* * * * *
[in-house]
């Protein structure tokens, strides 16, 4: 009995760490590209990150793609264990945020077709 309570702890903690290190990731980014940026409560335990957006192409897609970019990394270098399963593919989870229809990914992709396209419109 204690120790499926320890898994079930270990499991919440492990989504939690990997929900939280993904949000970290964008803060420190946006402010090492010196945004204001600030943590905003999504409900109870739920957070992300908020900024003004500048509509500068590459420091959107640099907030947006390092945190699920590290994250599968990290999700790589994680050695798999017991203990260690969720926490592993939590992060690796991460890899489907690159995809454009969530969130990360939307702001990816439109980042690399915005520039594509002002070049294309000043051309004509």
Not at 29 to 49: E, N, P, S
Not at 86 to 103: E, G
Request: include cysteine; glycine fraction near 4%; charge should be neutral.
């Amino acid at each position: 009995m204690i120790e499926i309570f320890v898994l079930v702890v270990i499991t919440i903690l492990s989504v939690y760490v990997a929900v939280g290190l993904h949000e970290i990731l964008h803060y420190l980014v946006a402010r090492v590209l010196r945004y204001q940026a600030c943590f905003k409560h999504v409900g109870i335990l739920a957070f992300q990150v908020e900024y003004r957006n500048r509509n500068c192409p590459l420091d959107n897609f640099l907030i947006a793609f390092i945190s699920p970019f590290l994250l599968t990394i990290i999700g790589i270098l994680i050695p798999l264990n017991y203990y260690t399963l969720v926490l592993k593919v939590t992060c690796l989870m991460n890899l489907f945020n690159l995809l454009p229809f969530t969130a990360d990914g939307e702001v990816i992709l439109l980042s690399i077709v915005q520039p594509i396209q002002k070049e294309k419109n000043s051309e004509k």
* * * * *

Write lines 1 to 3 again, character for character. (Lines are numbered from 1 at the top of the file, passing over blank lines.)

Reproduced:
[in-house]
């Protein structure tokens, strides 16, 4: 009995760490590209990150793609264990945020077709 309570702890903690290190990731980014940026409560335990957006192409897609970019990394270098399963593919989870229809990914992709396209419109 204690120790499926320890898994079930270990499991919440492990989504939690990997929900939280993904949000970290964008803060420190946006402010090492010196945004204001600030943590905003999504409900109870739920957070992300908020900024003004500048509509500068590459420091959107640099907030947006390092945190699920590290994250599968990290999700790589994680050695798999017991203990260690969720926490592993939590992060690796991460890899489907690159995809454009969530969130990360939307702001990816439109980042690399915005520039594509002002070049294309000043051309004509």
Not at 29 to 49: E, N, P, S